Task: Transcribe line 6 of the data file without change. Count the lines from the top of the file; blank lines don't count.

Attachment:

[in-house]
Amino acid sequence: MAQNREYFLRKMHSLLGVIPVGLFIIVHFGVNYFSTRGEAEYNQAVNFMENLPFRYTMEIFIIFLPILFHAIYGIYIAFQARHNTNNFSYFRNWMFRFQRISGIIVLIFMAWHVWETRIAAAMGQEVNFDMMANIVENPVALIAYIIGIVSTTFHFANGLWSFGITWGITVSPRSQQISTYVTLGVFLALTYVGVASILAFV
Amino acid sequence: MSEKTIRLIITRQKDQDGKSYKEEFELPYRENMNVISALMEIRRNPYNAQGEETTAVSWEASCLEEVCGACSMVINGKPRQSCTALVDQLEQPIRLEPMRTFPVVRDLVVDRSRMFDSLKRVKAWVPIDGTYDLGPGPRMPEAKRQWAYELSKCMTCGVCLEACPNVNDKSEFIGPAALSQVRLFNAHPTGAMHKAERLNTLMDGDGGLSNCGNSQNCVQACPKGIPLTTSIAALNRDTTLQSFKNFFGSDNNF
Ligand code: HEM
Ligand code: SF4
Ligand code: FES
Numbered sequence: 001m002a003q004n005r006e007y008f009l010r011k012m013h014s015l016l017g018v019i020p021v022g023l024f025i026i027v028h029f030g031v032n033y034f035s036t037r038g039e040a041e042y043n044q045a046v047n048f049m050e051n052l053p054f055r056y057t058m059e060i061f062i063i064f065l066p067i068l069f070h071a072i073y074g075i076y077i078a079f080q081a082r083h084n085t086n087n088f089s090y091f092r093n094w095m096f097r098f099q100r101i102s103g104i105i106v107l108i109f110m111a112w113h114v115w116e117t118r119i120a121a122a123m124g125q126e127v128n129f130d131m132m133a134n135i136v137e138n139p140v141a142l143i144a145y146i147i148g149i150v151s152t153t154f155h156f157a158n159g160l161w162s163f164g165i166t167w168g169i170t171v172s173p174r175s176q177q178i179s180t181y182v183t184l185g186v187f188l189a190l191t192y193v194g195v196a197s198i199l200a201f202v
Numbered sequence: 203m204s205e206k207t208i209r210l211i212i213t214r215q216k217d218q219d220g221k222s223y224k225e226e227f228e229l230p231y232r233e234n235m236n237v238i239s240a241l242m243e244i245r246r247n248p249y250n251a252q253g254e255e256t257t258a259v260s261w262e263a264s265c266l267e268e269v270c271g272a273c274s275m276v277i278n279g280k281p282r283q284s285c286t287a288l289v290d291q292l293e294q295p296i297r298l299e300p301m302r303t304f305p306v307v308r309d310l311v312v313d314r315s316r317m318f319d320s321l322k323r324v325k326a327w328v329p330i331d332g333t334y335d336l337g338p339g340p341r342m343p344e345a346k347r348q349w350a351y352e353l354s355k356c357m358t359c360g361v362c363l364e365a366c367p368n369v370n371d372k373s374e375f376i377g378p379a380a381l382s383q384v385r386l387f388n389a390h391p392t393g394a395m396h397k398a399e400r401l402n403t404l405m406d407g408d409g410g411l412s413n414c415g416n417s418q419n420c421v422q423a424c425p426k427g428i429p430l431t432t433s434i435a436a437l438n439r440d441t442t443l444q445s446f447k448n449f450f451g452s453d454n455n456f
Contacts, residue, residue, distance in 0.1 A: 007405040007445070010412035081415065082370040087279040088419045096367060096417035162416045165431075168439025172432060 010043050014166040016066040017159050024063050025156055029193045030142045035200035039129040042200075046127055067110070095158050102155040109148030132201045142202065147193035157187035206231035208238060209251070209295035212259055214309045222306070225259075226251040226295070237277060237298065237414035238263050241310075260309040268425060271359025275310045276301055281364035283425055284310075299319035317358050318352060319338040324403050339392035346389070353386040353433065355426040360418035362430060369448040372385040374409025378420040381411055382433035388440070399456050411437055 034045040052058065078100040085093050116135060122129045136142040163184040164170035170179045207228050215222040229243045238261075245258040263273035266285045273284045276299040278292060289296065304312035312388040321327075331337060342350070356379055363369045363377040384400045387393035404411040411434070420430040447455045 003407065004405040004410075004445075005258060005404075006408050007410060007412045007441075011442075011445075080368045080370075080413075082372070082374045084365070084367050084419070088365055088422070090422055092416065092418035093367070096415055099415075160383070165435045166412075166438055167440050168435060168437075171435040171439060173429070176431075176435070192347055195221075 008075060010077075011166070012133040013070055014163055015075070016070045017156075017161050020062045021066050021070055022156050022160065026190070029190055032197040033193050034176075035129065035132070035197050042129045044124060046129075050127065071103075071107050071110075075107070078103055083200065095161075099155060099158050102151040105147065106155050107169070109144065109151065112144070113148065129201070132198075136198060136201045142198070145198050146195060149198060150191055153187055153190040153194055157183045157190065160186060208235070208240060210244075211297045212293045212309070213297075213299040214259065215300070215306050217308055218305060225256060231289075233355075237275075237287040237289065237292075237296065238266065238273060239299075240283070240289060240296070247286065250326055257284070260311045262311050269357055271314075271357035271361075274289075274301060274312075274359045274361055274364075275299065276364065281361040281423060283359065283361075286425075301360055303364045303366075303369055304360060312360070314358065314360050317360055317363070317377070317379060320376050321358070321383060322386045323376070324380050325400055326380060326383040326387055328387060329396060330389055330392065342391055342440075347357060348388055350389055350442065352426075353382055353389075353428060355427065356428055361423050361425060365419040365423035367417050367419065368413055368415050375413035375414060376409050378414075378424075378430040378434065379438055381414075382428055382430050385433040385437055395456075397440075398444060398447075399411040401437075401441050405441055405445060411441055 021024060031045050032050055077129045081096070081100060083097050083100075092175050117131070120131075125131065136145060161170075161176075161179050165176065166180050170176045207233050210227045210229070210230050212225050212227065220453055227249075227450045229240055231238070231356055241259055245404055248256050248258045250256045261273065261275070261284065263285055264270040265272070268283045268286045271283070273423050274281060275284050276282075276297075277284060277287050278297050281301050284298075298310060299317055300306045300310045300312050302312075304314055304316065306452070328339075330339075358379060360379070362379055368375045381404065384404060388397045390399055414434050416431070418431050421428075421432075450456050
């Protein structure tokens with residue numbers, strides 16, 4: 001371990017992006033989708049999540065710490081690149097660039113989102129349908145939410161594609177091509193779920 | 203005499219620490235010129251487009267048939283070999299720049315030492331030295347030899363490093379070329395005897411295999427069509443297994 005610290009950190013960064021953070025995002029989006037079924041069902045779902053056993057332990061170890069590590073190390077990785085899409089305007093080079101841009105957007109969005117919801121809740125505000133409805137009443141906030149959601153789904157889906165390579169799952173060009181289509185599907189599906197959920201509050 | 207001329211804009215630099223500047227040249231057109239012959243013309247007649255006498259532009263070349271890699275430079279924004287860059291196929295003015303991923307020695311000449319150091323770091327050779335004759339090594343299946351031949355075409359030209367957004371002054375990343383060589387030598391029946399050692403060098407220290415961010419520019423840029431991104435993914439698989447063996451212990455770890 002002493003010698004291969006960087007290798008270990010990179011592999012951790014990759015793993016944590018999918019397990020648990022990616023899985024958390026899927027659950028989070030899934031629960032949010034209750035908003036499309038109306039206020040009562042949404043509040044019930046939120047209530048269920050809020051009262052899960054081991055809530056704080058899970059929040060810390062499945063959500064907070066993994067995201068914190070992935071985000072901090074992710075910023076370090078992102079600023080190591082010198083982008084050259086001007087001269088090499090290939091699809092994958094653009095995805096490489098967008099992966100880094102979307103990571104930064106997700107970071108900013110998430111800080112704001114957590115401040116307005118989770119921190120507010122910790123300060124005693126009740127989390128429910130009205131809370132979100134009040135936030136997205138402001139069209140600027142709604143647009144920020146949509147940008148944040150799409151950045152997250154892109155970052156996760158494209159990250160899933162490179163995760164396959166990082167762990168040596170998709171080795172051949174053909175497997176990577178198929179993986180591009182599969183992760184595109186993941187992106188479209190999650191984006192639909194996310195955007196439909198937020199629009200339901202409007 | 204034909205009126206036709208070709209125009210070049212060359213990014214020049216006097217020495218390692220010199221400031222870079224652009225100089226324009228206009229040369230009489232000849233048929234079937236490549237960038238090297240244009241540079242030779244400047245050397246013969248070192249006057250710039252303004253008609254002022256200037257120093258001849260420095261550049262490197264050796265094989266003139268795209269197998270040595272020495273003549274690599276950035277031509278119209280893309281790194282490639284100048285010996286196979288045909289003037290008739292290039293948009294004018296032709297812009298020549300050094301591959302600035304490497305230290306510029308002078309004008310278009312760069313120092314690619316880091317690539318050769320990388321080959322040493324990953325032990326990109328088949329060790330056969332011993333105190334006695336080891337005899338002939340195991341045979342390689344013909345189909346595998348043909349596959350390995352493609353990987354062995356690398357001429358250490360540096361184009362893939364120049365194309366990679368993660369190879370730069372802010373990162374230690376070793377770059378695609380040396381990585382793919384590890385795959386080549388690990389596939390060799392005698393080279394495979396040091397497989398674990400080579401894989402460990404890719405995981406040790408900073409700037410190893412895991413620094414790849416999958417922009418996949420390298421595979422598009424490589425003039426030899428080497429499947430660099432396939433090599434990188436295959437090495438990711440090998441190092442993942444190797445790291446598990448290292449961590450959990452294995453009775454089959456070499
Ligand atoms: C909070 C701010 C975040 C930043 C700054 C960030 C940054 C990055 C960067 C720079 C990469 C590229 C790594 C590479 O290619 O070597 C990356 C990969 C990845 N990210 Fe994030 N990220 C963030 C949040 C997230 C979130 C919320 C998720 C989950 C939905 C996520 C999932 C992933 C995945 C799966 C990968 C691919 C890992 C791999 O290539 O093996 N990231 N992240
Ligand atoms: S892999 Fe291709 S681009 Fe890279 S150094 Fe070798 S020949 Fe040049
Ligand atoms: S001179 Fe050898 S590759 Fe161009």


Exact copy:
Ligand code: FES